An ACT Essay Prompt Simulacrum

Scot : July 6, 2017 8:09 pm : Blog Posts

The ACT changed its essay format last year.  It is difficult to get much practice for this essay, because so far the ACT has only published two samples:  Intelligent Machines and Public Health and Individual Freedom (p. 54).  Here I provide a simulacrum, an unofficial sample prompt.  I made every effort to write this simulacrum as closely as possible to the official ACT essay prompts, including word count and tone.  Please feel free to download, print, use, and distribute this essay prompt as long as you keep the attribution at the footer, so future students can follow up and give me a call!

Download the ACT essay prompt simulacrum on PDF

Smart Phone Etiquette

An ACT Essay Simulacrum from Nth Degree Tutoring

Within the lifetimes of most people living today, smart phones have transformed the very nature of social interaction.  Today, we conduct a large fraction of our correspondence by text message and social networking.  This silent mode of conversation enables multiple simultaneous threads of dialogue, with people near and far.  What is the appropriate use of cell phones during face-to-face conversation?  A generation gap causes misunderstandings and frustration.  Do young people text more because they grew up with the technology, or because they haven’t learned good manners? We are in need of standards of etiquette.

Read and carefully consider these perspectives.  Each suggests a particular way of thinking about the appropriate use of smart phones during in-person conversation.

Perspective One Perspective Two Perspective Three
It is rude and childish to use a smart phone while talking to someone in person.  It consumes time and distracts from the conversation.  It also makes present company feel ignored and slighted. We should not exclude smart phones from live conversation as a matter of principle.  Sometimes they can enhance conversation.  That being said, most text-messaging and internet surfing is frivolous and can easily be moderated. It is old-fashioned to expect people to put their smart phones away.  Today’s lifestyle requires constant contact with outside people and information.  Those who can’t multi-task will just fall behind.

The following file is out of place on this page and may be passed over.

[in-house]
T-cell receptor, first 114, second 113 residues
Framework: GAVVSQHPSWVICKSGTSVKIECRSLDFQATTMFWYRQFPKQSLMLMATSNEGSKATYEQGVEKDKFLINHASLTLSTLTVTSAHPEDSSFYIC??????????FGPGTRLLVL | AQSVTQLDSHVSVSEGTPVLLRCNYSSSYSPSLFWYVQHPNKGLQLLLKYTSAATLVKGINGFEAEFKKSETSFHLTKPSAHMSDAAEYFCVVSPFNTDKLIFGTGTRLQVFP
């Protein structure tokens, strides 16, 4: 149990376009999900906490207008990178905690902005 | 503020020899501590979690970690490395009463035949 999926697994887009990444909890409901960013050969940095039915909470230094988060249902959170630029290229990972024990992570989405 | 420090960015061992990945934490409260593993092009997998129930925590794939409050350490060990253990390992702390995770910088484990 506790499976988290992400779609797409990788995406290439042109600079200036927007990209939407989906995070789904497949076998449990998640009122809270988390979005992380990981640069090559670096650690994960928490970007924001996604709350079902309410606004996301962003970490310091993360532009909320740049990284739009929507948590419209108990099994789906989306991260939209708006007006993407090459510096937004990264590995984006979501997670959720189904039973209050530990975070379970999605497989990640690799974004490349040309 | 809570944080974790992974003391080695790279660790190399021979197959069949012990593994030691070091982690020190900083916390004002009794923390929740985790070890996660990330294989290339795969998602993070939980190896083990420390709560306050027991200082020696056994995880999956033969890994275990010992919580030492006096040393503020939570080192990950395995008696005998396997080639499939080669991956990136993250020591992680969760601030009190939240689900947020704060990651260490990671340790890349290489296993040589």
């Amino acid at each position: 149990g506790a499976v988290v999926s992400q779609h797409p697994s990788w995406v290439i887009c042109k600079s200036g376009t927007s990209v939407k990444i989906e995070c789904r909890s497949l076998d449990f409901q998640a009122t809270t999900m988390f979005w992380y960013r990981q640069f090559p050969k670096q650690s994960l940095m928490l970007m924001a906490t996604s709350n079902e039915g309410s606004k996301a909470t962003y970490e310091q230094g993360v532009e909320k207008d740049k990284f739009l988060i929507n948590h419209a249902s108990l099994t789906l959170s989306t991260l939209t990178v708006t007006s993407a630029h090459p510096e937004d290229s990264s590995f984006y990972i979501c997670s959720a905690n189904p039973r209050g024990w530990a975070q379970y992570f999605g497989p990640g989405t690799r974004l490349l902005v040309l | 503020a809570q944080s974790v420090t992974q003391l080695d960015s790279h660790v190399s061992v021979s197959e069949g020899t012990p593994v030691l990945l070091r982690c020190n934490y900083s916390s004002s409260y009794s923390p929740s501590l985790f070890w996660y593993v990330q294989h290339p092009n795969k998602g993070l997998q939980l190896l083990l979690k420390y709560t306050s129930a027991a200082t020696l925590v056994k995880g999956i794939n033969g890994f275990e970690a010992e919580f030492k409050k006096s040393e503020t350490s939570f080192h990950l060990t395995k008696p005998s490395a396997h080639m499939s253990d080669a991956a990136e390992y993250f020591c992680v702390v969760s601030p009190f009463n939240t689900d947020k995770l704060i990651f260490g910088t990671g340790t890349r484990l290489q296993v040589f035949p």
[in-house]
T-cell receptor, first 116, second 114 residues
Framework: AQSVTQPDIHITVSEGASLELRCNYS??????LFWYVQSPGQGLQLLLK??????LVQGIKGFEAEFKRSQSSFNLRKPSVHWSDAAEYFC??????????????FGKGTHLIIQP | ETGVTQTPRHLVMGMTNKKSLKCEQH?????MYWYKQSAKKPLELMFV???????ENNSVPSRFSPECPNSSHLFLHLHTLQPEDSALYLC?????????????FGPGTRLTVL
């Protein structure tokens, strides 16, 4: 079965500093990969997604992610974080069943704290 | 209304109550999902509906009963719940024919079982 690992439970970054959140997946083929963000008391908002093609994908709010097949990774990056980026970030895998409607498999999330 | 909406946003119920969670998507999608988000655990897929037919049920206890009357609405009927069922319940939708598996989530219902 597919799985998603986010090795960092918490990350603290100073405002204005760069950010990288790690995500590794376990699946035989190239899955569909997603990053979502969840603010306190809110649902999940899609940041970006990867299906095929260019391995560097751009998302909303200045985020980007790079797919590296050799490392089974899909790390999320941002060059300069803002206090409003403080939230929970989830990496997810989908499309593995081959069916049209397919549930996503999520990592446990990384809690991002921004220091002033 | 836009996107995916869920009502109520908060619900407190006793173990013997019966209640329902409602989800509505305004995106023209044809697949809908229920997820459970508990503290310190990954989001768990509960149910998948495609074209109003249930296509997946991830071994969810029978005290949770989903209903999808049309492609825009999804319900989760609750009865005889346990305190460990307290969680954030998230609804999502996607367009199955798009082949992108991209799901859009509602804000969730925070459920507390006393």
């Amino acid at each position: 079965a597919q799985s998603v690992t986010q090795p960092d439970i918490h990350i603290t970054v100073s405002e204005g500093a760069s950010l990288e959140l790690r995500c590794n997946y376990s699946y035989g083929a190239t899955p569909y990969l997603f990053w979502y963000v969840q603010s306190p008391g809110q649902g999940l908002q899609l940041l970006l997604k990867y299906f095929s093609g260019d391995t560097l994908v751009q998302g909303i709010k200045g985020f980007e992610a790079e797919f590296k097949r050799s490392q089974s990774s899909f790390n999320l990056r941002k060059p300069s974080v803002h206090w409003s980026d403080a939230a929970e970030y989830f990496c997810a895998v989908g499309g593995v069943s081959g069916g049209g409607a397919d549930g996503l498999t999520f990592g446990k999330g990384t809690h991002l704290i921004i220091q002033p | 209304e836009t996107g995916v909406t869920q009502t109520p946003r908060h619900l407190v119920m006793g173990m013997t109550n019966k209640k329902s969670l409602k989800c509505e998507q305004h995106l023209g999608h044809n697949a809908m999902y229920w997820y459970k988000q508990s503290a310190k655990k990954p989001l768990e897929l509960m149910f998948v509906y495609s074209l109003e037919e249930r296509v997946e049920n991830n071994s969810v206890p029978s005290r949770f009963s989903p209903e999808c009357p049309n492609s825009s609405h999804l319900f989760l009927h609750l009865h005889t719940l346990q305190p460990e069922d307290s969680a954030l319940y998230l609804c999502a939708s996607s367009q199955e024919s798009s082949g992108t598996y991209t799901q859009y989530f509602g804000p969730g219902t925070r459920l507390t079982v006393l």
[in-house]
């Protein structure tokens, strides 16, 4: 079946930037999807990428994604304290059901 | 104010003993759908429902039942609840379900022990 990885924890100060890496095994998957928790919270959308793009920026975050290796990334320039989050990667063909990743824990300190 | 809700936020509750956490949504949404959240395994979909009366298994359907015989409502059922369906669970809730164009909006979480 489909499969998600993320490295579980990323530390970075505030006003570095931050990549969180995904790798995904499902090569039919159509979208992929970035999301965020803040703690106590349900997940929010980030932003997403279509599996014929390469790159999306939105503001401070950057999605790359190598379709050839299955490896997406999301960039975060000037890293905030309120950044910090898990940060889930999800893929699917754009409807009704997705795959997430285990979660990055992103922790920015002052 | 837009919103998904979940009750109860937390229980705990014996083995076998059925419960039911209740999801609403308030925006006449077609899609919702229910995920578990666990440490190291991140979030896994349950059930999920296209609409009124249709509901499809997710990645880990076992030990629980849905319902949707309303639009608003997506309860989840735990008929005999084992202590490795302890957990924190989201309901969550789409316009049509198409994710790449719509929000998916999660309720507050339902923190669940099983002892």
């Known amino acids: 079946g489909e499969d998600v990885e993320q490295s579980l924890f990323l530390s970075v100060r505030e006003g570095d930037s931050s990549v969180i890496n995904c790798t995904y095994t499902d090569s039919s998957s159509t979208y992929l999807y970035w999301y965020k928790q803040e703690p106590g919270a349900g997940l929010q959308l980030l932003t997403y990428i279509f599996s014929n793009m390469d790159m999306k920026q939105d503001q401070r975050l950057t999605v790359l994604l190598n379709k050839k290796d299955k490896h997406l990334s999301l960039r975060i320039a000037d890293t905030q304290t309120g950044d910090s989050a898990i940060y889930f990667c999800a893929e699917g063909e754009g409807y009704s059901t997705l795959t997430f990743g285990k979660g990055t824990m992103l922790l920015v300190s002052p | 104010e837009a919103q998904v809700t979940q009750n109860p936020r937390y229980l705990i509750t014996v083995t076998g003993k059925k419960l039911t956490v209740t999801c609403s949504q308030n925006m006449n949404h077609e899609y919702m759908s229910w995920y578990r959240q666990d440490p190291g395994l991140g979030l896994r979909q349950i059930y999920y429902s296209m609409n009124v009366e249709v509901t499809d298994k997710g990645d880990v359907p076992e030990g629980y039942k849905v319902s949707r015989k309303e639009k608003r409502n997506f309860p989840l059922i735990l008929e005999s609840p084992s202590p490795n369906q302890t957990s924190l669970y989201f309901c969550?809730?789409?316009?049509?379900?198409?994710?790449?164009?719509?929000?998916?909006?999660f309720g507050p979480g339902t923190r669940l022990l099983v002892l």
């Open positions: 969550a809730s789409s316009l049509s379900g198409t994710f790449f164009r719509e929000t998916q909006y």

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And you thought the LSAT was hard! Logic problems involving others’ minds

Scot : January 1, 2017 9:49 pm : Blog Posts

black_white_hats

Sometimes to solve a puzzle, you have to think about what other people are thinking.

This Christmas vacation, don’t ask me how, but at one point our dinner discussion turned to a logic problem.  It’s an interesting puzzle, because it requires thinking about what other people do or do not know, and what they can or can not figure out based on their knowledge.  I realize that this problem has two forms, easier and harder, but they both involve the same backstory, something like the plot to the opera Turandot:

Prince Peter travels to a nearby kingdom to ask the king for the princess’s hand in marriage.  Unfortunately, two other princes are also there to make the very same request.  The king takes advantage of the competition to marry his daughter off to the smartest prince; he pits them against each other in a battle of wits.  The king seats the princes at a round table and blindfolds them.  “I have five hats,” he tells them.  “Three of them are white, and two are black.  I am placing one hat on each of your heads, and I will hide the other two.”  As he does so, he tells the princes that he will shortly remove their blindfolds.  “The princess will go to the first prince to correctly identify the color of his own hat,” he explains.  “If you guess incorrectly, I will kill you.  If you cheat by looking at your hat directly or in a mirror, I will kill you.  Don’t answer until you have correctly surmised the color of your own hat!”  He then has his assistants remove the blindfolds simultaneously.  The princes look at each other’s hats.  None of them offers an answer for several minutes.  Finally, Prince Peter laughs with delight.  “Of course!” he cheers.  “My hat is _______________ !!”  He and the princess live happily ever after.